– Reliability of comparison algorithms

• False positive: Allow access to unauthorized person

• False negative: Disallow access to authorized person

– Privacy?

– If forged, how do you revoke?

Page 23: Outline

Token-based AuthenticationSmart Card

• With embedded CPU and memory

– Carries conversation w/ a small card reader

• Various forms

– PIN protected memory card

• Enter PIN to get the password

– PIN and smart phone based token

• Google authentication

– Cryptographic challenge/response cards

• Computer create a random challenge

• Enter PIN to encrypt/decrypt the challenge w/ the card

Page 24: Outline

Smart Card Example

• Some complications

– Initial data (PIN) shared with server

• Need to set this up securely

• Shared database for many sites

– Clock skew

ChallengeTime

function

Time

Initial data (PIN)

Page 25: Outline

Group Quiz• Suppose Bob is a stateless server which

does not require him to remember the challenge he sends to Alice. Is the following protocol secure?

“I am Alice”

R

R, K (R)A-B

Page 26: Outline

Outline• User authentication

– Password authentication, salt

– Challenge-Response

– Biometrics

– Token-based authentication

• Authentication in distributed systems

– Single sign-on, Microsoft Passport

– Trusted Intermediaries

Page 27: Outline

Single sign-on systems

Rules

Authentication Application

Database

Server

LAN

user name,password,other auth

• Advantages

– User signs on once

– No need for authentication at multiple sites, applications

– Can set central authorization policy for the enterprise

Page 28: Outline

Microsoft Passport• Launched 1999

– Claim > 200 million accounts in 2002

– Over 3.5 billion authentications each month

• Log in to many websites using one account

– Used by MS services Hotmail, MSN Messenger or MSN subscriptions; also Radio Shack, etc.

– Hotmail or MSN users automatically have Microsoft Passport accounts set up

Page 29: Outline

Passport log-in

Page 30: Outline

Trusted Intermediaries

Symmetric key problem:

• How do two entities establish shared secret key over network?

Solution:

• trusted key distribution center (KDC) acting as intermediary between entities

Public key problem:

• When Alice obtains Bob’s public key (from web site, e-mail, diskette), how does she know it is Bob’s public key, not Trudy’s?

Solution:

• trusted certification authority (CA)

Page 31: Outline

Key Distribution Center (KDC)

• Alice, Bob need shared symmetric key.

• KDC: server shares different secret key with each registered user (many users)

• Alice, Bob know own symmetric keys, KA-KDC KB-KDC ,

for communicating with KDC.

KB-KDC

KX-KDC

KY-KDC

KZ-KDC

KP-KDC

KB-KDC

KA-KDC

KA-KDC

KP-KDC

KDC

Page 32: Outline

Key Distribution Center (KDC)

Alice and Bob communicate: using R1 as session key for shared symmetric encryption

Q: How does KDC allow Bob, Alice to determine shared symmetric secret key to communicate with each other?

Page 33: Outline

Ticket and Standard Using KDC• Ticket

– In KA-KDC(R1, KB-KDC(A,R1) ), the KB-KDC(A,R1) is also known as a ticket

– Comes with expiration time

• KDC used in Kerberos: standard for shared key based authentication

– Users register passwords

– Shared key derived from the password

Page 34: Outline

Kerberos• Trusted key server system from MIT

– one of the best known and most widely implemented trusted third party key distribution systems.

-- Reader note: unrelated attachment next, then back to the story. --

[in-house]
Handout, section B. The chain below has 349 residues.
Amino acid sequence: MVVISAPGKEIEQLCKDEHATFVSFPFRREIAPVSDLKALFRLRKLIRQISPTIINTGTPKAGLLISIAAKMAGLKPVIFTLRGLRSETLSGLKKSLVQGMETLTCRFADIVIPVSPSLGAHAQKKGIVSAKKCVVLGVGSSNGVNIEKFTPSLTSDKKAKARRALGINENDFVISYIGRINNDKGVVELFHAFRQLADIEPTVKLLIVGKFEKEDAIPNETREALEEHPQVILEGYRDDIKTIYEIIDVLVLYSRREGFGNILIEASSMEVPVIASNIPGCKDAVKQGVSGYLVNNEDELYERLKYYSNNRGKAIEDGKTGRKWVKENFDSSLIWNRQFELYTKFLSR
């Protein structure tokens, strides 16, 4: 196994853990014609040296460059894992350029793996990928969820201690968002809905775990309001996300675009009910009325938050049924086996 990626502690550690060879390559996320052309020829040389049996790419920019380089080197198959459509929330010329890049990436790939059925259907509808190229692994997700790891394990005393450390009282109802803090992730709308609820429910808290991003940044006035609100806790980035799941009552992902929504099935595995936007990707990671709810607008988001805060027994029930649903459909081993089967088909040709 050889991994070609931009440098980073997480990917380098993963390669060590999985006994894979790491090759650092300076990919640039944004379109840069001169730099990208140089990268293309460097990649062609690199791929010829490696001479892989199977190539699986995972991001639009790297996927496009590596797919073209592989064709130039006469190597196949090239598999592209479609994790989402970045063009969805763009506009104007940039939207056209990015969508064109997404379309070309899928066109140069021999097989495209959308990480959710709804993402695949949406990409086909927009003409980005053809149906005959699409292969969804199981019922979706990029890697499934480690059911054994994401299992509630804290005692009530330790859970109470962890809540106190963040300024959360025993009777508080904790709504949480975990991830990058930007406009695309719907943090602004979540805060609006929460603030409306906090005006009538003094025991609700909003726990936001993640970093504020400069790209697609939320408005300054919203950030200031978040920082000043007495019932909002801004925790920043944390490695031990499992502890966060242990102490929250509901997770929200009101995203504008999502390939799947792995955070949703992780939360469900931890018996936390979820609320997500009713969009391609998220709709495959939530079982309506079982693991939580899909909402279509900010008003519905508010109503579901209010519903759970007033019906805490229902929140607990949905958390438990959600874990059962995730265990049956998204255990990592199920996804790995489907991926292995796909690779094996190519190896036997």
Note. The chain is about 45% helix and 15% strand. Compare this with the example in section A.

• Provides centralised private-key third-party authentication in a distributed network

– allows users access to services distributed through network

– without needing to trust all workstations

– rather all trust a central authentication server

• Two versions in use: 4 & 5

• Widely used

– Red Hat 7.2 and Windows Server 2003 or higher

Page 35: Outline

slide 35

Two-Step Authentication

Encrypted TGS ticket

Joe the User

Key distributioncenter (KDC)

USER=Joe; service=TGS

Prove identity once to obtain special TGS ticket Use TGS to get tickets for any network service

File server, printer,other network services

Encrypted service ticket

Ticket granting service (TGS)

TGS ticket

Encrypted service ticket

Page 36: Outline

slide 36

Still Not Good Enough• Ticket hijacking

– Malicious user may steal the service ticket of another user on the same workstation and use it

• IP address verification does not help

– Servers must verify that the user who is presenting the ticket is the same user to whom the ticket was issued

Page 37: Outline

slide 37

Symmetric Keys in Kerberos• Kc is long-term key of client C

– Derived from user’s password

– Known to client and key distribution center (KDC)

• KTGS is long-term key of TGS

– Known to KDC and ticket granting service (TGS)

• Kv is long-term key of network service V

– Known to V and TGS; separate key for each service

• Kc,TGS is short-term key between C and TGS

– Created by KDC, known to C and TGS

• Kc,v is short-term key betwen C and V

– Created by TGS, known to C and V

Page 38: Outline

slide 38

“Single Logon” Authentication

User

• Client only needs to obtain TGS ticket once (say, every morning)

– Ticket is encrypted; client cannot forge it or tamper with it

kinit program (client)Key Distribution Center (KDC)

password IDc , IDTGS , timec

EncryptKc(Kc,TGS , IDTGS , timeKDC ,

lifetime , ticketTGS)Kc

Convert intoclient master key

Key = Kc

Key = KTGSTGS

All users mustpre-register theirpasswords with KDC

Fresh key to be usedbetween client and TGS

Decrypts with Kc and obtainsKc,TGS and ticketTGS EncryptKTGS

(Kc,TGS , IDc , Addrc , IDTGS , timeKDC , lifetime)Client will use this unforgeable ticket to get other tickets without re-authenticating

Page 39: Outline

slide 39

Obtaining a Service Ticket

User

• Client uses TGS ticket to obtain a service ticket and a short-term key for each network service

– One encrypted, unforgeable ticket per service (printer, email, etc.)

Client Ticket Granting Service (TGS)

usually lives inside KDC

System command,

e.g. “lpr –Pprint”

IDv , ticketTGS , authC

EncryptKc,TGS(Kc,v , IDv , timeTGS ,

ticketv)

Fresh key to be usedbetween client and service

Knows Kc,TGS and ticketTGS

EncryptKc,TGS(IDc , Addrc , timec)

Proves that client knows key Kc,TGS

contained in encrypted TGS ticket

EncryptKv(Kc,v , IDc , Addrc , IDv ,

timeTGS , lifetime)Client will use this unforgeableticket to get access to service V

Knows key Kv foreach service

Page 40: Outline

slide 40

Obtaining Service

User

• For each service request, client uses the short-term key for that service and the ticket he received from TGS

Client

Server V

System command,

e.g. “lpr –Pprint”

ticketv , authC

EncryptKc,v(timec+1)

Knows Kc,v and ticketv

EncryptKc,v(IDc , Addrc , timec)

Proves that client knows key Kc,v

contained in encrypted ticket